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New Hampshire Policy

Updated As Of: April 5, 2017

The State of New Hampshire effectively bars undocumented students from receiving in-state tuition. Since the passage of HB 1383 in 2012, students are required to sign an affidavit certifying their legal status in order to receive in-state tuition.


  • In June 2012, the New Hampshire legislature passed HB 1383 which effectively denied in-state tuition to undocumented students by requiring students applying for in-state tuition to sign an affidavit certifying their legal status.
  • In January 2014, HB 474 passed the House but died in the Senate. If passed, would make undocumented students meeting certain requirements eligible for in-state tuition. 
  • In 2011, the New Hampshire legislature introduced HB 236, a legislative proposal that would require employers who knowingly employed undocumented immigrants to cover their medical expenses in the event that they are harmed on the job.
  • In 2012, New Hampshire declared its full support of Arizona’s anti-immigration bill SB 1070 in Resolution HCR 2.
  • In 2012, HB 1494, a bill that would allow authorities “with reasonable cause” to detain and arrest individuals who are in the country illegally, was introduced but failed to pass.
  • In 2012, HB 1620, which would have required employers to use e-Verify to check potential employees’ immigration status, was introduced but failed to pass. 
  • In 2013, HB 249 was introduced. If passed, it would have required employers to verify an employee's eligibility to work in the United States by using an immigration status system.
  • In 2014, HB 1168 was passed. It requires employers to obtain and maintain documentation of an employee's eligibility to work in the United States. 
  • ACLU of New Hampshire:  A non-partisan, non-profit organization dedicated to protecting the liberties guaranteed by the U.S. and state Constitution.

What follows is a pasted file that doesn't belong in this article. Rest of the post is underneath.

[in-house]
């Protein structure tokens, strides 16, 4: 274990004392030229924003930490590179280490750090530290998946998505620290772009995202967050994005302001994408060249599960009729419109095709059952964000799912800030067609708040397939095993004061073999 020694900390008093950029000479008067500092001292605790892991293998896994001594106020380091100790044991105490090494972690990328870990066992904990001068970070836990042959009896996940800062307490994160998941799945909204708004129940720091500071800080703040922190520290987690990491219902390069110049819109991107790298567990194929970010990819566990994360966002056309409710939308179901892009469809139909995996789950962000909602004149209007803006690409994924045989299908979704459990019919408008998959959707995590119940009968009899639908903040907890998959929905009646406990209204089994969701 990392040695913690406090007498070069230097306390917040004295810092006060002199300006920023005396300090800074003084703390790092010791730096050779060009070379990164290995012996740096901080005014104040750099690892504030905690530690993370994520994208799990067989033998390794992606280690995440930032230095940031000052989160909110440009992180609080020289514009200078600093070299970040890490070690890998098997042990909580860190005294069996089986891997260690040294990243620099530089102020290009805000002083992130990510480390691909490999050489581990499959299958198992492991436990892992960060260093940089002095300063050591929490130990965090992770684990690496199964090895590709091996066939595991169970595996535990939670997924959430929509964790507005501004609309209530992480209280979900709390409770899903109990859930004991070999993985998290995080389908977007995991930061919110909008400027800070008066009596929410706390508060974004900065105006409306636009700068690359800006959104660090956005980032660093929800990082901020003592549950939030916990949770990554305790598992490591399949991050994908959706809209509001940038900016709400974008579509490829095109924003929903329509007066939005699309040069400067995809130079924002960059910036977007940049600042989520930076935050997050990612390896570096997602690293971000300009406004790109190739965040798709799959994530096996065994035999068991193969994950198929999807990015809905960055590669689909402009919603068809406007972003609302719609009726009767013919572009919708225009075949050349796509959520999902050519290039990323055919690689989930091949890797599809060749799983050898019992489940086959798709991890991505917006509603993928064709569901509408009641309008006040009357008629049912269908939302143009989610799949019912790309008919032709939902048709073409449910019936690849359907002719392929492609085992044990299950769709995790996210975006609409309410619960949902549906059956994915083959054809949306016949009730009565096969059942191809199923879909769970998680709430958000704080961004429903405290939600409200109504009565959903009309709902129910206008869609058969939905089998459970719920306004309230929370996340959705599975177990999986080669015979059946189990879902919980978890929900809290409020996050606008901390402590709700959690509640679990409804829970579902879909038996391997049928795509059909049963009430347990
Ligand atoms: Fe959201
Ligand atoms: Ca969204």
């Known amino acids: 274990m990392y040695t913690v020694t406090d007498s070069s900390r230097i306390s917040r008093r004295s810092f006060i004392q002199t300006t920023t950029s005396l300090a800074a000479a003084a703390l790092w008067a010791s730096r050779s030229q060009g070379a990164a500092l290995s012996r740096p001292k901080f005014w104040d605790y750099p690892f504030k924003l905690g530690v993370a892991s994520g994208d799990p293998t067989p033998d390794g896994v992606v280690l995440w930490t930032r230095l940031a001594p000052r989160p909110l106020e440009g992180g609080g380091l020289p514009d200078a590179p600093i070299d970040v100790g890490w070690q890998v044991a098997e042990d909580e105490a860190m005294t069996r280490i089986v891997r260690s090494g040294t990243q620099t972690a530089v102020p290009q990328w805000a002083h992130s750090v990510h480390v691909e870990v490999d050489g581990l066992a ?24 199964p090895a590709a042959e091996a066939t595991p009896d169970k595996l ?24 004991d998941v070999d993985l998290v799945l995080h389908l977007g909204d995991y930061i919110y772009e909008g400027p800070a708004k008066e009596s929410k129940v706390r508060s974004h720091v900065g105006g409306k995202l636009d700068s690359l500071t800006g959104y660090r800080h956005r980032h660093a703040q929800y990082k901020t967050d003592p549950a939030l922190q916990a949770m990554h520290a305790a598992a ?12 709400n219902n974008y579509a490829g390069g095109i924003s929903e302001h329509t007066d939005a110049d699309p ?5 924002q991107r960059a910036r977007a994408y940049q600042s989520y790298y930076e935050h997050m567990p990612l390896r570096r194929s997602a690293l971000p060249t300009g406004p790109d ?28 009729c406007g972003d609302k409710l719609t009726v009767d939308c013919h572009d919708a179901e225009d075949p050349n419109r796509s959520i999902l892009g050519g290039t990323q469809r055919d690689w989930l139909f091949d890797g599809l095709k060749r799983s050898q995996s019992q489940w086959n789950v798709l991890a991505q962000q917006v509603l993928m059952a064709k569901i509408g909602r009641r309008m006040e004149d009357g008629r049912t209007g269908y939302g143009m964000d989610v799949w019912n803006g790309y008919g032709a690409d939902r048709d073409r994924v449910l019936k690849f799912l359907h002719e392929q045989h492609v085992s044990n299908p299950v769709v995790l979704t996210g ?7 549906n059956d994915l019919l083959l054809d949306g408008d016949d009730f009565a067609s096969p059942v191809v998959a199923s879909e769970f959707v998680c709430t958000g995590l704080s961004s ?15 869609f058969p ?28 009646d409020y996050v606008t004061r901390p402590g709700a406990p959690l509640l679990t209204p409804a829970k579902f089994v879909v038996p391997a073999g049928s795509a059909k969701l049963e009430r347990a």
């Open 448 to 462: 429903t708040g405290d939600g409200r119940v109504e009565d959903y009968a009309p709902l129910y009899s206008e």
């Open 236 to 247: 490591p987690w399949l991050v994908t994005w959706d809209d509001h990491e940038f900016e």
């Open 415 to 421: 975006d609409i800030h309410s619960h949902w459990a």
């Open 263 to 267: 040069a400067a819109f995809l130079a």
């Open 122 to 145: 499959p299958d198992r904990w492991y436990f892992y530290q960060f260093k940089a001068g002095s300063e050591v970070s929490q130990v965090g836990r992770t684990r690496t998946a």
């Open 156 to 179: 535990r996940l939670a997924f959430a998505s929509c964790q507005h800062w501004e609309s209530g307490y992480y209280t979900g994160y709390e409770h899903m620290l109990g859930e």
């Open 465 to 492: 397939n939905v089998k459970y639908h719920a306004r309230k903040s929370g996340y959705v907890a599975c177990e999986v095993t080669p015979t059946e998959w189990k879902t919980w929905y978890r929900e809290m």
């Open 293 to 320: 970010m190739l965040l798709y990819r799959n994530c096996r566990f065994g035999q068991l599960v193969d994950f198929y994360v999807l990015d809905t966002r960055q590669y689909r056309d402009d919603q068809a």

Federal law has been unsuccessful at addressing comprehensive access to postsecondary education for undocumented students. Despite efforts to pass the DREAM Act and comprehensive immigration reform, Congress has not addressed the current ambiguous language in IIRIRA regarding undocumented students' eligibility for educational benefits (i.e. in-state tuition and state-funded financial aid programs). Therefore, much of the policy activity regarding postsecondary access for undocumented students has shifted to state and system levels. As a result, state policymakers and higher education institutions take varied approaches to either broadening or restricting access to postsecondary education and educational benefits. Others states have yet to take formal action on this issue, leaving the decision to individual campus leaders.

Under the provisions of this ambiguous policy context, undocumented youth encounter contentious environments with policies that range from inclusive, restrictive, or unstipulated stances.

Inclusive: States with policies that explicitly grant in-state tuition and/or eligibility for public financial aid for undocumented students.

Restrictive: States with policies that explicitly deny eligibility for admission and/or in-state tuition for undocumented students.

Unstipulated: States that do not have stated policies that explicitly address undocumented student access to postsecondary education.

State and system policies are volatile and continuously changing. For the latest, please visit the uLEAD NewsdeskFor information specific to individual state context, click in the subheadings below.